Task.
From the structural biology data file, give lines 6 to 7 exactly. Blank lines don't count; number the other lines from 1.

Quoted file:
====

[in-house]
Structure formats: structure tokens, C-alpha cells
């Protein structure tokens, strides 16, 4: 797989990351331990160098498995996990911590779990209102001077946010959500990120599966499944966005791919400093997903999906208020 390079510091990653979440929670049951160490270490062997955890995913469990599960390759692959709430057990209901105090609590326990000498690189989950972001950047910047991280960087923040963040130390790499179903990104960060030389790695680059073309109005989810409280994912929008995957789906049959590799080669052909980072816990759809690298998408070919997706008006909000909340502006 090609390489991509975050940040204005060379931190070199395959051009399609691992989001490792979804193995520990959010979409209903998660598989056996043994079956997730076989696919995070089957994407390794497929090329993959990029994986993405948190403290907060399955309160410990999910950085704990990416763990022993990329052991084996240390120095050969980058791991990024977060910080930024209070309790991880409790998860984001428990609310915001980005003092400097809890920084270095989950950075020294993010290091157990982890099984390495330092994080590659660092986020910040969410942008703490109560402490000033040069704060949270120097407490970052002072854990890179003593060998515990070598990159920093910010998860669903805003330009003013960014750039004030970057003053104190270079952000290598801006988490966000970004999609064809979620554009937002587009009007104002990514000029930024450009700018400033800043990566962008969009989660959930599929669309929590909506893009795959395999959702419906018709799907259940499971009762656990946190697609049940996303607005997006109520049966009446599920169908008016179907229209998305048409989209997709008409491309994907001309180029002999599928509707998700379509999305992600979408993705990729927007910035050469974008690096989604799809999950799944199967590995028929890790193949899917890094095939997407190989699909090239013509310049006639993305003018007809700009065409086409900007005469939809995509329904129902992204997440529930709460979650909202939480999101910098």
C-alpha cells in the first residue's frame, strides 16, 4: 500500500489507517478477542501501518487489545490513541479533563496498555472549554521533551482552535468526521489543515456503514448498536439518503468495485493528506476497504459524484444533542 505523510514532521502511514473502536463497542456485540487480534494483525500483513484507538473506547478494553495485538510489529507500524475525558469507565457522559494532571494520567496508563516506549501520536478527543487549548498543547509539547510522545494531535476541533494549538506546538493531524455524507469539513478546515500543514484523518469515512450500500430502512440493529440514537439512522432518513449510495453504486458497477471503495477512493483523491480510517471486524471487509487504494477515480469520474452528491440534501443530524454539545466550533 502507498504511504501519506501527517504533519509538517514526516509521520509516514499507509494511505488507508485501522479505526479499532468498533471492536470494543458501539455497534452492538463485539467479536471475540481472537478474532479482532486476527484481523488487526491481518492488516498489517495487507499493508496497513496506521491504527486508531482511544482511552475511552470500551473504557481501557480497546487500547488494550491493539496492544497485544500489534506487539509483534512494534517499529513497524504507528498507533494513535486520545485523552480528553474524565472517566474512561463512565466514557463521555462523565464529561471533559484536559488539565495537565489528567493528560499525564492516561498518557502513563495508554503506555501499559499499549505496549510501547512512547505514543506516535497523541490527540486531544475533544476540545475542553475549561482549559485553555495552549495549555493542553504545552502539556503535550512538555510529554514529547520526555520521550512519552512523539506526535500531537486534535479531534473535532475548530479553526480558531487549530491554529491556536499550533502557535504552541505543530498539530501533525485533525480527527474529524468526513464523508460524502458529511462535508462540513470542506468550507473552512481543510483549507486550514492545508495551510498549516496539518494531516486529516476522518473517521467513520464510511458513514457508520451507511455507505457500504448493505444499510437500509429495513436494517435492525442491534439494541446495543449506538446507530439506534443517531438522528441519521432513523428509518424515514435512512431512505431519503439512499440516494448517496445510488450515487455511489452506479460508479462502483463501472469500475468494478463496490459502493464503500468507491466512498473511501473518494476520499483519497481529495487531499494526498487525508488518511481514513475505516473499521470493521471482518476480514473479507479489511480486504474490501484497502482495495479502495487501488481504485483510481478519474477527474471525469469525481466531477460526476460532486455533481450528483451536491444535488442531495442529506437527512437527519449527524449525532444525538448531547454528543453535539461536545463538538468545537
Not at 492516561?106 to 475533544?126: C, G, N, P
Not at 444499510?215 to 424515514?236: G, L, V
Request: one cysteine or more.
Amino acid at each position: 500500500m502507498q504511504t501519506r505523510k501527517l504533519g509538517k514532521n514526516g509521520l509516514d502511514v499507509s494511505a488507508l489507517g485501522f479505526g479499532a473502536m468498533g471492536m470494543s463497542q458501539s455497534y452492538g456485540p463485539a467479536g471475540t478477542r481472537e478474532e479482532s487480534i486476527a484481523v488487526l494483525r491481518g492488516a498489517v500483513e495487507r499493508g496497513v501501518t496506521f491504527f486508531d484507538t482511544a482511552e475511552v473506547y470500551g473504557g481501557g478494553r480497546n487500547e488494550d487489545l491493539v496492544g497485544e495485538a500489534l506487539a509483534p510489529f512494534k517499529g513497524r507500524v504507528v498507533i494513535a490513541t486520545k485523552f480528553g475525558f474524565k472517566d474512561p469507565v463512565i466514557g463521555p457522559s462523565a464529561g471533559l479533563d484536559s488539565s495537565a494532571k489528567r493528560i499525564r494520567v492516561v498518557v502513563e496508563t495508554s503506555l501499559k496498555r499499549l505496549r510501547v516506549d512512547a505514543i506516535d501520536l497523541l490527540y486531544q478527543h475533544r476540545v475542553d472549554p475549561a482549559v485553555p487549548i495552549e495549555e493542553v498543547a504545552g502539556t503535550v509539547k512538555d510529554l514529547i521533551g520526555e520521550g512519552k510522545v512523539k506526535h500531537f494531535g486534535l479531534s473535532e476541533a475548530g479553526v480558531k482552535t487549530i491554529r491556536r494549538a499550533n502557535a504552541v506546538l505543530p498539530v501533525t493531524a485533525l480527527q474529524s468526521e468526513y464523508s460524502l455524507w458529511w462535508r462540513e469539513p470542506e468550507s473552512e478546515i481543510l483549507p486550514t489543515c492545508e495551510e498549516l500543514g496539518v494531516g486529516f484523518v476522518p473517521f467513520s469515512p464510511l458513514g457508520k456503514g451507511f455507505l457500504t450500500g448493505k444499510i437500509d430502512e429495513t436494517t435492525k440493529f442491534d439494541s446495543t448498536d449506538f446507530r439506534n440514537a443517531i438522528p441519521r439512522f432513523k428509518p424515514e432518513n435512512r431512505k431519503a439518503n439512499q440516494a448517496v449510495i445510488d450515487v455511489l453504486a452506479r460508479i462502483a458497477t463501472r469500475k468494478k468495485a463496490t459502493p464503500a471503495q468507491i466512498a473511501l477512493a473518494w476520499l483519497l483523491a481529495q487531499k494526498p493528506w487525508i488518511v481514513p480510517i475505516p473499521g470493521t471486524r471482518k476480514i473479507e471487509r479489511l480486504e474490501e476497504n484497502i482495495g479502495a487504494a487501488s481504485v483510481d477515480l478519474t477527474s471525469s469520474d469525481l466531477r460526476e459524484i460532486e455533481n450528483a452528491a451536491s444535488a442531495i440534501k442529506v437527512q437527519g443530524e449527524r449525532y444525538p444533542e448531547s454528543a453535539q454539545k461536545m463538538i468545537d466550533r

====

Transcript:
Not at 444499510?215 to 424515514?236: G, L, V
Request: one cysteine or more.